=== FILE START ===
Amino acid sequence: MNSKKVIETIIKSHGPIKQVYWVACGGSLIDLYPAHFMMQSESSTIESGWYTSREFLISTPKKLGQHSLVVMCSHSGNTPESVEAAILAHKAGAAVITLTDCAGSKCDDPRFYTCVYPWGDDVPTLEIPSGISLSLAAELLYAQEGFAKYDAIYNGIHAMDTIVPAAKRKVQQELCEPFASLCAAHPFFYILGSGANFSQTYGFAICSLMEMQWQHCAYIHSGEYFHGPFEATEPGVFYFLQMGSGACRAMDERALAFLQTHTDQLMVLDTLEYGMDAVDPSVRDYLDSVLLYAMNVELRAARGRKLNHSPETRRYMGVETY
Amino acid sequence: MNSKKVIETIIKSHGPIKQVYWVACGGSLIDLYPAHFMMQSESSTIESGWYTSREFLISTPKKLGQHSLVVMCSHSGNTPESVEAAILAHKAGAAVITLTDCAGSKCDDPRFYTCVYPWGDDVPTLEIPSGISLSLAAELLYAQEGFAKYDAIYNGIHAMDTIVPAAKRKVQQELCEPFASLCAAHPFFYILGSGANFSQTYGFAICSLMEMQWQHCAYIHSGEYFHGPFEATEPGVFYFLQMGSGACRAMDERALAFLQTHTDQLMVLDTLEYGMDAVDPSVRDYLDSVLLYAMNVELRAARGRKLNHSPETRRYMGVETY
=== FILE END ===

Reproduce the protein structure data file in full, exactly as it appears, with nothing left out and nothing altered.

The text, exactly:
Amino acid sequence: MNSKKVIETIIKSHGPIKQVYWVACGGSLIDLYPAHFMMQSESSTIESGWYTSREFLISTPKKLGQHSLVVMCSHSGNTPESVEAAILAHKAGAAVITLTDCAGSKCDDPRFYTCVYPWGDDVPTLEIPSGISLSLAAELLYAQEGFAKYDAIYNGIHAMDTIVPAAKRKVQQELCEPFASLCAAHPFFYILGSGANFSQTYGFAICSLMEMQWQHCAYIHSGEYFHGPFEATEPGVFYFLQMGSGACRAMDERALAFLQTHTDQLMVLDTLEYGMDAVDPSVRDYLDSVLLYAMNVELRAARGRKLNHSPETRRYMGVETY
Amino acid sequence: MNSKKVIETIIKSHGPIKQVYWVACGGSLIDLYPAHFMMQSESSTIESGWYTSREFLISTPKKLGQHSLVVMCSHSGNTPESVEAAILAHKAGAAVITLTDCAGSKCDDPRFYTCVYPWGDDVPTLEIPSGISLSLAAELLYAQEGFAKYDAIYNGIHAMDTIVPAAKRKVQQELCEPFASLCAAHPFFYILGSGANFSQTYGFAICSLMEMQWQHCAYIHSGEYFHGPFEATEPGVFYFLQMGSGACRAMDERALAFLQTHTDQLMVLDTLEYGMDAVDPSVRDYLDSVLLYAMNVELRAARGRKLNHSPETRRYMGVETY